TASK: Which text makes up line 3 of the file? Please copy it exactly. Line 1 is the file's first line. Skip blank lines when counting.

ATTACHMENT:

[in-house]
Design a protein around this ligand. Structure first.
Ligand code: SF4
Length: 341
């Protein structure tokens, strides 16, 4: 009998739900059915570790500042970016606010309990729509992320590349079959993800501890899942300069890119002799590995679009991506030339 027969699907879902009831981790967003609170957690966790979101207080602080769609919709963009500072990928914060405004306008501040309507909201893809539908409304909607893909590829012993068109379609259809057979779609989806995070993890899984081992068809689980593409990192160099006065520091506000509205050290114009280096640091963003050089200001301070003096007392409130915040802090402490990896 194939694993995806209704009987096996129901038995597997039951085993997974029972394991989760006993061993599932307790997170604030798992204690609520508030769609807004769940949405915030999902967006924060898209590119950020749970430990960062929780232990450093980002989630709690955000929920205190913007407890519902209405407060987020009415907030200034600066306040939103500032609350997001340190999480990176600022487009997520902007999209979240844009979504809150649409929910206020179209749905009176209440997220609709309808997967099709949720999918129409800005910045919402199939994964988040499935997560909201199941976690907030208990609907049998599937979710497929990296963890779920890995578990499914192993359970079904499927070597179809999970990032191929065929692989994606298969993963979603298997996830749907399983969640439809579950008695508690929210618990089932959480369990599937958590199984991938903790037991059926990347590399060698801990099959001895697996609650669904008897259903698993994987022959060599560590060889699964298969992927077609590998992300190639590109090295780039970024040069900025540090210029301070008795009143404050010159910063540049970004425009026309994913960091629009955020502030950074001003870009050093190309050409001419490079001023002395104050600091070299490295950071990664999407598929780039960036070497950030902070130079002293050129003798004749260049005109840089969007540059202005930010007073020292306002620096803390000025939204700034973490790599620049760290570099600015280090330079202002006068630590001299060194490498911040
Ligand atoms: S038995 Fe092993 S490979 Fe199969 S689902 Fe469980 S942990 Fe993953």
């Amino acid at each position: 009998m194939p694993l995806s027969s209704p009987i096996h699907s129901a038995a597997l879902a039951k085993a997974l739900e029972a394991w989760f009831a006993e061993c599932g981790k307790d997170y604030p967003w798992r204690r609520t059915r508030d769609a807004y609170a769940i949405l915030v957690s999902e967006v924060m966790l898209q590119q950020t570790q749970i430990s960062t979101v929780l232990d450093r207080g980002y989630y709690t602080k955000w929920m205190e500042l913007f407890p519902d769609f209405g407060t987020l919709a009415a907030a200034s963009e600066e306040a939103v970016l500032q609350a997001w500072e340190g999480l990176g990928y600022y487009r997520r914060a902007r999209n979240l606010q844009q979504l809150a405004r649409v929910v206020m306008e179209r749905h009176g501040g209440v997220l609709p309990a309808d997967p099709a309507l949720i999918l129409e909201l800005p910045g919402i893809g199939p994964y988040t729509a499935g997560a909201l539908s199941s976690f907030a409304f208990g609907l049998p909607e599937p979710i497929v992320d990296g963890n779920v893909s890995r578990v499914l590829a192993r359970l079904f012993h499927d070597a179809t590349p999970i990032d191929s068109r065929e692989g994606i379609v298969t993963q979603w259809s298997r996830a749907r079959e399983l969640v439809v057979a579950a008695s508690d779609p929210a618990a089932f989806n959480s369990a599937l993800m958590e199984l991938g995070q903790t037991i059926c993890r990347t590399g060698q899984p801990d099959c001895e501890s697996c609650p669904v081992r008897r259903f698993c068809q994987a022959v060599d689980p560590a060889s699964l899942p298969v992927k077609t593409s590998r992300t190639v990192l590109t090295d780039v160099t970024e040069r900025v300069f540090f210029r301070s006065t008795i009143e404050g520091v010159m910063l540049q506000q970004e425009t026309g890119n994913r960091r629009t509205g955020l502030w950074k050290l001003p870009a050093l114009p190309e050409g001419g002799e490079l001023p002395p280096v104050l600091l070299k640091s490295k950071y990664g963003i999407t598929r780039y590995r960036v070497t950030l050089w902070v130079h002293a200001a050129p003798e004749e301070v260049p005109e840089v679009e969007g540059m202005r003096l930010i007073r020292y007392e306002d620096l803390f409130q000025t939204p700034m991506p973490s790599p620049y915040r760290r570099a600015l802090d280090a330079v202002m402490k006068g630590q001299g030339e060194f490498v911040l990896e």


Ligand code: SF4